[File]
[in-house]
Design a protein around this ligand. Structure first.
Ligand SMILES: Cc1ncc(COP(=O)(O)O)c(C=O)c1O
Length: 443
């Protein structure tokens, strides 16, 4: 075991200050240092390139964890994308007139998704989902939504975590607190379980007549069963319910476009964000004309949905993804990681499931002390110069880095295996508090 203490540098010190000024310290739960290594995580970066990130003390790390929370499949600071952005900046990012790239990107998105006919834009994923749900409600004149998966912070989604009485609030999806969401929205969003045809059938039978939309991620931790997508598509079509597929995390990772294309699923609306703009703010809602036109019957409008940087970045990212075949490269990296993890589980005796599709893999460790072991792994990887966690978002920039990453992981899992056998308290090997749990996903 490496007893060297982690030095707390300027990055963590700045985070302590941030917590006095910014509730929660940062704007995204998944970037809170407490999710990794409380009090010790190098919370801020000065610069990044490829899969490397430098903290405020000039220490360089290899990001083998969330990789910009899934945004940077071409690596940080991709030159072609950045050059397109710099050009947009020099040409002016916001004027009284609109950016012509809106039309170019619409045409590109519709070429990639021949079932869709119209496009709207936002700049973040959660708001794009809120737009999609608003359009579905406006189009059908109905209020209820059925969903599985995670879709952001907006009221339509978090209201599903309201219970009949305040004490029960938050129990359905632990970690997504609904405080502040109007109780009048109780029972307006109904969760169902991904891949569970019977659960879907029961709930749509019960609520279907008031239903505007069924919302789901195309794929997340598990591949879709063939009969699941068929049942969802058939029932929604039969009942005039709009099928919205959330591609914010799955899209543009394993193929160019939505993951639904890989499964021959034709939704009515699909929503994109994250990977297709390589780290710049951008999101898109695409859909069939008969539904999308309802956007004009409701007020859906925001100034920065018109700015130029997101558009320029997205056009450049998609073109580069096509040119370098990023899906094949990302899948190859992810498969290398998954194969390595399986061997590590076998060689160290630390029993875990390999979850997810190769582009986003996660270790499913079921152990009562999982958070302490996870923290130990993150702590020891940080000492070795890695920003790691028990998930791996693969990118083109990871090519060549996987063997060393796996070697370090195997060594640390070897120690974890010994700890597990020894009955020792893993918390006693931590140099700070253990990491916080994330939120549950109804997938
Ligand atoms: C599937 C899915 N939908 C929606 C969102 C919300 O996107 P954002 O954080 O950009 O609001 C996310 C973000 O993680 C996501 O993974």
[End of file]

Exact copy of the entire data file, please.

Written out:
[in-house]
Design a protein around this ligand. Structure first.
Ligand SMILES: Cc1ncc(COP(=O)(O)O)c(C=O)c1O
Length: 443
């Protein structure tokens, strides 16, 4: 075991200050240092390139964890994308007139998704989902939504975590607190379980007549069963319910476009964000004309949905993804990681499931002390110069880095295996508090 203490540098010190000024310290739960290594995580970066990130003390790390929370499949600071952005900046990012790239990107998105006919834009994923749900409600004149998966912070989604009485609030999806969401929205969003045809059938039978939309991620931790997508598509079509597929995390990772294309699923609306703009703010809602036109019957409008940087970045990212075949490269990296993890589980005796599709893999460790072991792994990887966690978002920039990453992981899992056998308290090997749990996903 490496007893060297982690030095707390300027990055963590700045985070302590941030917590006095910014509730929660940062704007995204998944970037809170407490999710990794409380009090010790190098919370801020000065610069990044490829899969490397430098903290405020000039220490360089290899990001083998969330990789910009899934945004940077071409690596940080991709030159072609950045050059397109710099050009947009020099040409002016916001004027009284609109950016012509809106039309170019619409045409590109519709070429990639021949079932869709119209496009709207936002700049973040959660708001794009809120737009999609608003359009579905406006189009059908109905209020209820059925969903599985995670879709952001907006009221339509978090209201599903309201219970009949305040004490029960938050129990359905632990970690997504609904405080502040109007109780009048109780029972307006109904969760169902991904891949569970019977659960879907029961709930749509019960609520279907008031239903505007069924919302789901195309794929997340598990591949879709063939009969699941068929049942969802058939029932929604039969009942005039709009099928919205959330591609914010799955899209543009394993193929160019939505993951639904890989499964021959034709939704009515699909929503994109994250990977297709390589780290710049951008999101898109695409859909069939008969539904999308309802956007004009409701007020859906925001100034920065018109700015130029997101558009320029997205056009450049998609073109580069096509040119370098990023899906094949990302899948190859992810498969290398998954194969390595399986061997590590076998060689160290630390029993875990390999979850997810190769582009986003996660270790499913079921152990009562999982958070302490996870923290130990993150702590020891940080000492070795890695920003790691028990998930791996693969990118083109990871090519060549996987063997060393796996070697370090195997060594640390070897120690974890010994700890597990020894009955020792893993918390006693931590140099700070253990990491916080994330939120549950109804997938
Ligand atoms: C599937 C899915 N939908 C929606 C969102 C919300 O996107 P954002 O954080 O950009 O609001 C996310 C973000 O993680 C996501 O993974």